“I feel so lonely.”  “I’m so alone.”  These words have been spoken many times by many people.



My friends were laughing; it had been an amusing story. I hardly paid attention to it. I smiled and chuckled on cue just to join with the group. We were having dinner, just a group of friends, hanging out. I think it was on a Thursday night. Everyone was talking about their plans for the weekend, some new movie was coming out, and we all made plans to go see it. I was usually the ring leader for these outings, with my love for popcorn, so of course I led the charge when the topic changed to the movie release, and plans were quickly chartered for dinner and a movie. 

I went home a little while later and sat in front of the tv. By habit, I turned it on to some news channel, or maybe it was the history channel. It didn’t really matter. My laptop was in front of me, and there was plenty of work I could be doing. I looked at the clock; funny how time flies when you are doing nothing.  I had been home for two hours; it was now just after 11:30 pm, and I had only a vague recollection of anything I saw on tv. I went to bed, vowing that tomorrow would be different. The same vow I had made many times before.



It is so easy to get caught up in a repetitive cycle of human thoughts, emotion, and behavior. And even though you may want to change, know that you have to change, the cycle is easier because it is what you are familiar with. The irony is, the cycle is not what you want, and it is not that you unfamiliar with what it is you need to change, it is just the most recent pattern with which you have adopted.



In my example of the experience above, I was with my closest friends, and yet I felt totally alone. There people had known me for years, and yet I felt they did not know me. This is not reality. This was my delusion. I had created a self imposed cycle of isolation. I was going through the motions of hanging out with my friends, but it was a facade. I did it because its what they expected of me, and was a way to help me cope with my feelings of isolation or depression.

Hanging out with my friends was supposed to be fun, playful and exciting, especially when its good food, laughter and good times. But because I refused to engage internally, it was actually just making my awareness of a need to change, stronger. And this was creating an internal struggle within me. I was  losing the fight. So, hanging out with my friends wasn’t enough.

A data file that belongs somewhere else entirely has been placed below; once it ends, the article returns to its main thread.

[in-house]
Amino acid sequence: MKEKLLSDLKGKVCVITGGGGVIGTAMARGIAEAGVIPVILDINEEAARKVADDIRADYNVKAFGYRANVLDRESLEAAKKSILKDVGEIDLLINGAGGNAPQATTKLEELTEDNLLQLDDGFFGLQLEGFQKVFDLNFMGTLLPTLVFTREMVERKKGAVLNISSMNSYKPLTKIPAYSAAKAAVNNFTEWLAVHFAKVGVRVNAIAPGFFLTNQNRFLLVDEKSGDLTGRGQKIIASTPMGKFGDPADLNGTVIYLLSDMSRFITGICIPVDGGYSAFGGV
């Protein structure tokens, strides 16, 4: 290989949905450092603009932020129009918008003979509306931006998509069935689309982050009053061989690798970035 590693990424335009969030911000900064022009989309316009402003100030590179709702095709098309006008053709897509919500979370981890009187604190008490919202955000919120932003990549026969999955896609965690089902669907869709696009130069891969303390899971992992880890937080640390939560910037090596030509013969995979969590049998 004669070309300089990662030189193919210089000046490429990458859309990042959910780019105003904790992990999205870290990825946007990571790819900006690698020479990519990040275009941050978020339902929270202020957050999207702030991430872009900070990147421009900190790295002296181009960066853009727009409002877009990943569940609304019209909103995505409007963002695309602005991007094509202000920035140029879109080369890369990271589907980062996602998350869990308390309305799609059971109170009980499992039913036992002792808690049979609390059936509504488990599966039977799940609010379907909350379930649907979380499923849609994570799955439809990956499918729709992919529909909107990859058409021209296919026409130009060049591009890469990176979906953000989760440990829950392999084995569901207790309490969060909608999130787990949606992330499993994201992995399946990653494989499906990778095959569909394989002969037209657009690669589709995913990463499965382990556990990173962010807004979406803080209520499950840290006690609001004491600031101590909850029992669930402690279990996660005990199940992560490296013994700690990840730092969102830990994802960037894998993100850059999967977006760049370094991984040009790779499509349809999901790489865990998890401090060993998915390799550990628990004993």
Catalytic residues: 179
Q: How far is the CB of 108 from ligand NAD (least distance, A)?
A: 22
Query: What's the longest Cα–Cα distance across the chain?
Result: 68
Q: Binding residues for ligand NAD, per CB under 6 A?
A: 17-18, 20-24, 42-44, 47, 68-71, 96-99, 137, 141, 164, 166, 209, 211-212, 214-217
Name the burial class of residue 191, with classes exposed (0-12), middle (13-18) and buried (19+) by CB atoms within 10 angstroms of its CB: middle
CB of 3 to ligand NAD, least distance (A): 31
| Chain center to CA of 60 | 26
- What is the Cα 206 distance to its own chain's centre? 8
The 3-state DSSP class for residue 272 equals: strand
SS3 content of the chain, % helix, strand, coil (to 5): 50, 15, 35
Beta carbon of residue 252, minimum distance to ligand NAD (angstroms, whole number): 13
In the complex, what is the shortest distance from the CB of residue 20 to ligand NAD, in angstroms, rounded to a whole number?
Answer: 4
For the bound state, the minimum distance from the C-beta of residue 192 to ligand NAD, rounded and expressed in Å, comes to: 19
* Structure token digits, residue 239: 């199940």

In many cases, if you do play and have fun, and hang out with your friends, you can move through your sorrow and desperation, but many times this is a temporary fix. Of course, I do not advocate the use of alcohol or drugs, for that is just self medication and just aggravates the situation. I have often tried techniques that I have used in my spiritual trainings, but all of these have just seemed to give me more awareness of my problem or more energy to be frustrated with. And then a miracle happened…


hugsOk, not so much a miracle, but one similar night, my phone rang. I answered the phone and it was a friend, having a rough day. It wasn’t an Earth shattering day, just having a rough go of things, so we talked for about 15 to 20 minutes and he asked me to help him understand a few things. He felt better and like he was headed in a good direction, so when I hung up, I felt better. Granted, I didn’t feel great, but I had helped a friend, and the friend had helped to remind me that I cared about them, and I realized that all of this time I had just been focusing on the things that were bothering me. On feelings of betrayal, insecurity and doubt, and that I had failed to truly care about anybody else. And because of this feeling of not being connected to anyone, I felt truly alone. Through my introspection, I had my medicine.


The next day, when I started to feel depressed and alone, I asked myself if there was anyone that just needed a friend right now, and I made contact and felt better This time my feeling better lasted a little longer.

In all spiritual training, the student initiate must reach a point where they serve others. This service to others is supporting others’ connection, their strength, light, and guidance. And every person you help to do this adds another block to your own spiritual foundation, until you have enough blocks that you begin to realize no matter how hard you try, you will never be alone.



So, my self imposed isolation ended as soon as I began caring for others, even just listening to them. This does not require a 24/7 commitment, just a small effort on your part, and the change is immediate. The highest form of service anyone can do is to bring a joyful smile to the lips and heart of another being. This is most easily done by sharing yours.


There is still a problem with this solution, which is that it has the potential to keep you locked on human emotional suffering. I do advocate these actions, but only as the first step, because it is by making this first step that this second step is very easy to attain. And that second step is to define a purpose. Make a list of the things that you have wanted to do and have always put off, and start taking actions to accomplish the first thing on your list.

When you help someone, you are sharing light, and this pulls you out of your own darkness, and once you stand in the light, inspiration easily follows. And a person with purpose and passion is unstoppable.


What have you done to help you shift out of loneliness? Please share in the comments below.

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